Private Sector Tenants
This page provides information for Tenants of privately rented accommodation.
We can give advice if you're renting a property in West Lothian and keep you up to date with changing legislation so you understand your rights and responsibilities. If you require any further information or cant find the answer to your query please contact us.
So you've decided you want to rent privately. Below are some handy tips at how to get started. Begin by choosing what kind of private rented housing you're interested in. Look in newsletters, public message boards and online letting sites. Check how much the average rent in that area is for the kind of property you're interested in. Ask your current landlord or employer for a written reference in case a landlord asks for one.
Landlord registration is a system that helps councils monitor private landlords and ensure that they are suitable people to let out property. All private landlords now have an obligation to apply to the local council for registration and can be fined £50000 if they don't.
You can check if a landlord is registered online by visiting Landlord Registration (Scotland).
When you first view a property its important to take your time to look around. Take time to ask about the location of:
- The stop cock (mains water)
- Trip switches/fuse boxes
- Mains gas valve
- How much the deposit is. This should be no more than two months rent
- What type of tenancy they are offering you
- Your landlord has the correct type of smoke alarms fitted in the property
- Your landlord has a Gas Safety Record issued for the property
- Your landlords has the electrical fittings checked by a qualified engineer, this is called a Electrical Installation Condition Report
- Any furniture which the landlord supplies, adheres to the Furniture and Furnishings Fire Safety Regulations 1988. There should be a symbol on your furniture to state that it is fire resistant.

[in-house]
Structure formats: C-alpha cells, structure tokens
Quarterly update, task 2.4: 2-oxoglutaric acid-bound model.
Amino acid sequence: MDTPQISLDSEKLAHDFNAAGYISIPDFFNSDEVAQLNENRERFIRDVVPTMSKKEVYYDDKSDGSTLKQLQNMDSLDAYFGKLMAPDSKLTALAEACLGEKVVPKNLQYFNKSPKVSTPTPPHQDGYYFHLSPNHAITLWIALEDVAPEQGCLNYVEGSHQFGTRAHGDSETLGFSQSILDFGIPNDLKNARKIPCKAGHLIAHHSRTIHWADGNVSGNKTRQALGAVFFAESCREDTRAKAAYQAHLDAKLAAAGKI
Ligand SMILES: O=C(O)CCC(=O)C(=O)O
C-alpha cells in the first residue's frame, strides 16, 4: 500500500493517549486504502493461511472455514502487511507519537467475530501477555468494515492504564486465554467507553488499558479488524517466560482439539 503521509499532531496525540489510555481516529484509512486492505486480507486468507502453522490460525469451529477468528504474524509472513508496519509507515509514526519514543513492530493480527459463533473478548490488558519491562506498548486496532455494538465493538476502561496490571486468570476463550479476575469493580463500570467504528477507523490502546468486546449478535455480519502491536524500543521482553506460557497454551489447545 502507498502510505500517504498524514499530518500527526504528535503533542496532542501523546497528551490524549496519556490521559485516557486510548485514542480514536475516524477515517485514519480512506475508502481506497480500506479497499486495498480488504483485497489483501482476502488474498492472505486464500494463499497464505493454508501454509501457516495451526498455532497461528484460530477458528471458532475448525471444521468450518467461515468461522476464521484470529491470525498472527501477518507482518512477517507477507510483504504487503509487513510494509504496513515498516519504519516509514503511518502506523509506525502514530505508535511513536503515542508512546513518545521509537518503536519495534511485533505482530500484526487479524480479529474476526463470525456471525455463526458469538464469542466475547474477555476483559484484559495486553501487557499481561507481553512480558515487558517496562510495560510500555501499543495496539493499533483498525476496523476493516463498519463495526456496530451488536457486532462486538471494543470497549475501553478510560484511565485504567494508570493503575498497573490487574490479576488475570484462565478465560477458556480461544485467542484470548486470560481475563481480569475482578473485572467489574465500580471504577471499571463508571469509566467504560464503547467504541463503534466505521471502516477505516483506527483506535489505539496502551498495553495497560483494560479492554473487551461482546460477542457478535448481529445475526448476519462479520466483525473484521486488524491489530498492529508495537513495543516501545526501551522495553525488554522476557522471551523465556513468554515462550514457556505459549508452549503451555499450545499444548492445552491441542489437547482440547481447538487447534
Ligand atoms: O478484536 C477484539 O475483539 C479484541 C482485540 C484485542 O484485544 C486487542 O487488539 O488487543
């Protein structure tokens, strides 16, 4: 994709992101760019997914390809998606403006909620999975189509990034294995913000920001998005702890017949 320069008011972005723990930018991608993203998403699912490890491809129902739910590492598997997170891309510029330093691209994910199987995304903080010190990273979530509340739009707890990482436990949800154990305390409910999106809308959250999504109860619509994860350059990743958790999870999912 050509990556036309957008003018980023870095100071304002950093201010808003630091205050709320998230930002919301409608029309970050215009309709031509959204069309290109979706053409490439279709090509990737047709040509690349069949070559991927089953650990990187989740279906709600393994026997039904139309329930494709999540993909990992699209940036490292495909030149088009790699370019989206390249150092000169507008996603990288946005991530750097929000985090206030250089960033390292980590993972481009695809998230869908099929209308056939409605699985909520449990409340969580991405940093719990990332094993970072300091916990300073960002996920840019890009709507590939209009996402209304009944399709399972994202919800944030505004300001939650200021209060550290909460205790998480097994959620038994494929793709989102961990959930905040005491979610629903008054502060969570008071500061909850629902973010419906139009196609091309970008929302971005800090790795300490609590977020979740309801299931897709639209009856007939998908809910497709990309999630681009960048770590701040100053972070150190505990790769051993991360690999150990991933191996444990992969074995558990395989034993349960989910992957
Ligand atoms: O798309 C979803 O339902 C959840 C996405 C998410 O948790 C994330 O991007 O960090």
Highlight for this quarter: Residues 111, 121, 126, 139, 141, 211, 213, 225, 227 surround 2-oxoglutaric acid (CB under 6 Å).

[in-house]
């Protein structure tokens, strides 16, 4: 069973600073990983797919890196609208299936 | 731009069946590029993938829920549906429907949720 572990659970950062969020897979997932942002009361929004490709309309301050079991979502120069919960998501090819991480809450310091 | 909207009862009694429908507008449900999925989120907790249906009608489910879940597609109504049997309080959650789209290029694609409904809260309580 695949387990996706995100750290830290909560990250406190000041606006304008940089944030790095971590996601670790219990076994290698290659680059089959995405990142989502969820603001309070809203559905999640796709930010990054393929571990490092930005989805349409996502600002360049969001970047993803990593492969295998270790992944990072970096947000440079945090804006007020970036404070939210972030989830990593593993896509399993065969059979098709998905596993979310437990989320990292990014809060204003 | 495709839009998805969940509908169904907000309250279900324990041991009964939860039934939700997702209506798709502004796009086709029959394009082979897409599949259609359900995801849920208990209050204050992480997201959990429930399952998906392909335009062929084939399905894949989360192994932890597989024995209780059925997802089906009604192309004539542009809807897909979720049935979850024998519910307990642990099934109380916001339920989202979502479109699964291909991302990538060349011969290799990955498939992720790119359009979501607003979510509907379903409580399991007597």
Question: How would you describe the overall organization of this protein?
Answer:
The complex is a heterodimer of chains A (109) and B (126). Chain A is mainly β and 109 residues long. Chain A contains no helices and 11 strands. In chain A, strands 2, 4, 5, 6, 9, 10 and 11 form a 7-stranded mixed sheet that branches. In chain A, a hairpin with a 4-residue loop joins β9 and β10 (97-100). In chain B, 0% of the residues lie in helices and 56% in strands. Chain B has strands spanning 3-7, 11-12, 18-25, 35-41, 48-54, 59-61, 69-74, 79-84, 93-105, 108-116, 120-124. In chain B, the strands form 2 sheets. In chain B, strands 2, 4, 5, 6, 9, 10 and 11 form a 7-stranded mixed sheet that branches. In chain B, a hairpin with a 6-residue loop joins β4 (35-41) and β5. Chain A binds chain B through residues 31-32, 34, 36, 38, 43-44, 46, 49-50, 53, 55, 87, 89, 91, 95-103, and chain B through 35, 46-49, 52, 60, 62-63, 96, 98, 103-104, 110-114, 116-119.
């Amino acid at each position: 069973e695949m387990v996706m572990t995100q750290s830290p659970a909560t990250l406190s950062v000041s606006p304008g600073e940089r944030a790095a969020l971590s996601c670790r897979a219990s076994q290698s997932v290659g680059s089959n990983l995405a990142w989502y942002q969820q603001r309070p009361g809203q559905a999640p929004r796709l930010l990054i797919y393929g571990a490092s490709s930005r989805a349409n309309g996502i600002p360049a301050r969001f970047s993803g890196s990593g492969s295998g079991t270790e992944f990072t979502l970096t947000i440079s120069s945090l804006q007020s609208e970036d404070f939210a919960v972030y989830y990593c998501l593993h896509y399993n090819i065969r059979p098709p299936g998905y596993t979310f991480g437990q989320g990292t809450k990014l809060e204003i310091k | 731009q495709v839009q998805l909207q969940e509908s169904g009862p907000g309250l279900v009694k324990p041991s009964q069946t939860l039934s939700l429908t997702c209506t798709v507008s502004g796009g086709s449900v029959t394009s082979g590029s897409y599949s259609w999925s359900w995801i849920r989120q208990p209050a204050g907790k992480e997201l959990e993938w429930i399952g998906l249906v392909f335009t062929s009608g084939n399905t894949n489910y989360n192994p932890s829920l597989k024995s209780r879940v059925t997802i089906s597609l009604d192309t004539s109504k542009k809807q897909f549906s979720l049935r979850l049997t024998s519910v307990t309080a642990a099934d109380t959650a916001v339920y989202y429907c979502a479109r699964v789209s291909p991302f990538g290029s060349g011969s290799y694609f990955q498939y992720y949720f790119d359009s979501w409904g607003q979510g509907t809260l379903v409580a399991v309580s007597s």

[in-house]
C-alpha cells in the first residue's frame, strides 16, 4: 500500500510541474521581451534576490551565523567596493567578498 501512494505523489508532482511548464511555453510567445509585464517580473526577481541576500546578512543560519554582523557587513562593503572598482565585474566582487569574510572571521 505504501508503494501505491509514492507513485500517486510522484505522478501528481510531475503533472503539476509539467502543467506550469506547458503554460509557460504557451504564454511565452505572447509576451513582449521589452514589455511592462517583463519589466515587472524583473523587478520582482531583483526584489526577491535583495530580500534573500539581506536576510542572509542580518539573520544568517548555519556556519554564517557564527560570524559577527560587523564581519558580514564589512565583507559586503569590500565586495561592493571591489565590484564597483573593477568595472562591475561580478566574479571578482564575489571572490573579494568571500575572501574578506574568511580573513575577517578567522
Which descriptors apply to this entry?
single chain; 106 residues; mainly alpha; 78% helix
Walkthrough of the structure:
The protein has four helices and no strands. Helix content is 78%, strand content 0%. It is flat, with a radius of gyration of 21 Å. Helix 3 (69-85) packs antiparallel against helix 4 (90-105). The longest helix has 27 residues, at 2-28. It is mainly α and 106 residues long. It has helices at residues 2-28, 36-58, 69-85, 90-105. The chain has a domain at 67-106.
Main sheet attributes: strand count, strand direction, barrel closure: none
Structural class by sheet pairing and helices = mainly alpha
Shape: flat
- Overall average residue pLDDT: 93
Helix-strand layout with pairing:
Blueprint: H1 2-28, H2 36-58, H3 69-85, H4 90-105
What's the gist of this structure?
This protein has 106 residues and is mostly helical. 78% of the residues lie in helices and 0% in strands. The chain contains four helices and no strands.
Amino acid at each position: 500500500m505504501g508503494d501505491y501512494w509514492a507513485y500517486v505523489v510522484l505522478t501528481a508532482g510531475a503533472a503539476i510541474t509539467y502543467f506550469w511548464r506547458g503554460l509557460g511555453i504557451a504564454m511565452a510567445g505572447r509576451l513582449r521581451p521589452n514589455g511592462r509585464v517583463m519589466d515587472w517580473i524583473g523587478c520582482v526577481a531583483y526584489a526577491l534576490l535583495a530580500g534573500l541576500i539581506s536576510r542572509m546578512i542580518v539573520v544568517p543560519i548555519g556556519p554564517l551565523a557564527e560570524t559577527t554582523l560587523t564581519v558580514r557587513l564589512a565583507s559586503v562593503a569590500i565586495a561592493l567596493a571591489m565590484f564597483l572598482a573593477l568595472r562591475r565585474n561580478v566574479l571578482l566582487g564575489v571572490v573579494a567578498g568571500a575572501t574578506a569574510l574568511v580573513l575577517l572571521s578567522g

- Your landlord has supplied an EPC - Energy Performance Certificate. This lets you know how energy efficient the property is.
Your landlord or agent should have discussed and given you a copy of the following documents:
- Private Residential Tenancy Agreement.
- Private Residential Tenancy - Easy to read notes
- Inventory - This is a detailed description of the property and its contents when you move in. This is a very important tool at the end of the tenancy when applying for your deposit back through the relevant Tenancy Deposit Scheme
More information on the Private Residential Tenancies can be found on Scottish Government website
You will normally pay the first month's rent and the deposit on the day you move into the property. Make sure you get a receipt for any payments you make to your landlord. Your landlord has to register the deposit in one of three Tenancy Deposit Schemes, and inform you which one within 30 working days of your tenancy starting. If they haven't registered your deposit, remind your landlord. The First Tier Tribunal (Housing & Property) Chamber can order your landlord to do that and pay you up to three times the deposit.
You must register with an electricity and/or gas companies as soon as you move in. It is your responsibility to make sure these are paid. You should contact our Revenues and Benefits Section to Register for Council Tax. You can do this online or by requesting a form using the details supplied.
Your landlord must insure the building and any belongings they have in the property. Tenants are responsible for insuring their own property. The Repairing Standard is the standard of facilities and maintenance which all private rented accommodation must meet. You should find out more information regarding this in your Tenant's Information Pack. If the property doesn't reach the Repairing Standard and the landlord refuses to carry out the necessary work, then tenants can take their landlord to the First-tier Tribunal for Scotland Housing and Property Chamber. Depending on the nature of the disrepair, Environmental Health Contact Details may be able to intervene directly.
The Renting Scotland website (funded by Scottish Government and Shelter Scotland) contains unbiased tools, guides, checklists and advice for both tenants and landlords.
You can find out if you might be entitled to claim Local Housing Allowance or any other benefits that might help you pay your rent or other housing costs. The Advice Shop can offer assistance to check this. You might be able to get help with your deposit. You can receive further information on both of these by contacting the details provided on this page.